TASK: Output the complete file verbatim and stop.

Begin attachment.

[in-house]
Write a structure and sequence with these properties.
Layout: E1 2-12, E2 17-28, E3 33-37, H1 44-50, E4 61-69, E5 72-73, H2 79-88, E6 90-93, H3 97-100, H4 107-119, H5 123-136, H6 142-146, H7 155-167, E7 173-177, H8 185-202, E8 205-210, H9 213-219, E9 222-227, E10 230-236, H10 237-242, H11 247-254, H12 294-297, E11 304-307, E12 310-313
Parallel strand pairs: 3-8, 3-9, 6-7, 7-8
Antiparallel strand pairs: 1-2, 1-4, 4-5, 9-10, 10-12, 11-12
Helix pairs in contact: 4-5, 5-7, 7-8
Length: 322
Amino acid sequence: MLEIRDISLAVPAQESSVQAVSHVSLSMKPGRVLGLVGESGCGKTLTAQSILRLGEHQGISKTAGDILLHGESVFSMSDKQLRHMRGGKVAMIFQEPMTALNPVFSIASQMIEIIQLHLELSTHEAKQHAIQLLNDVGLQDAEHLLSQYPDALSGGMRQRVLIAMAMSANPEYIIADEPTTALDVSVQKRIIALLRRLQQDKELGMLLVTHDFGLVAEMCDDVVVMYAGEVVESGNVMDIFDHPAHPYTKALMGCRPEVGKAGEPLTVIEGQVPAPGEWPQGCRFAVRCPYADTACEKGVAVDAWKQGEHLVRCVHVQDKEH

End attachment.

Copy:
[in-house]
Write a structure and sequence with these properties.
Layout: E1 2-12, E2 17-28, E3 33-37, H1 44-50, E4 61-69, E5 72-73, H2 79-88, E6 90-93, H3 97-100, H4 107-119, H5 123-136, H6 142-146, H7 155-167, E7 173-177, H8 185-202, E8 205-210, H9 213-219, E9 222-227, E10 230-236, H10 237-242, H11 247-254, H12 294-297, E11 304-307, E12 310-313
Parallel strand pairs: 3-8, 3-9, 6-7, 7-8
Antiparallel strand pairs: 1-2, 1-4, 4-5, 9-10, 10-12, 11-12
Helix pairs in contact: 4-5, 5-7, 7-8
Length: 322
Amino acid sequence: MLEIRDISLAVPAQESSVQAVSHVSLSMKPGRVLGLVGESGCGKTLTAQSILRLGEHQGISKTAGDILLHGESVFSMSDKQLRHMRGGKVAMIFQEPMTALNPVFSIASQMIEIIQLHLELSTHEAKQHAIQLLNDVGLQDAEHLLSQYPDALSGGMRQRVLIAMAMSANPEYIIADEPTTALDVSVQKRIIALLRRLQQDKELGMLLVTHDFGLVAEMCDDVVVMYAGEVVESGNVMDIFDHPAHPYTKALMGCRPEVGKAGEPLTVIEGQVPAPGEWPQGCRFAVRCPYADTACEKGVAVDAWKQGEHLVRCVHVQDKEH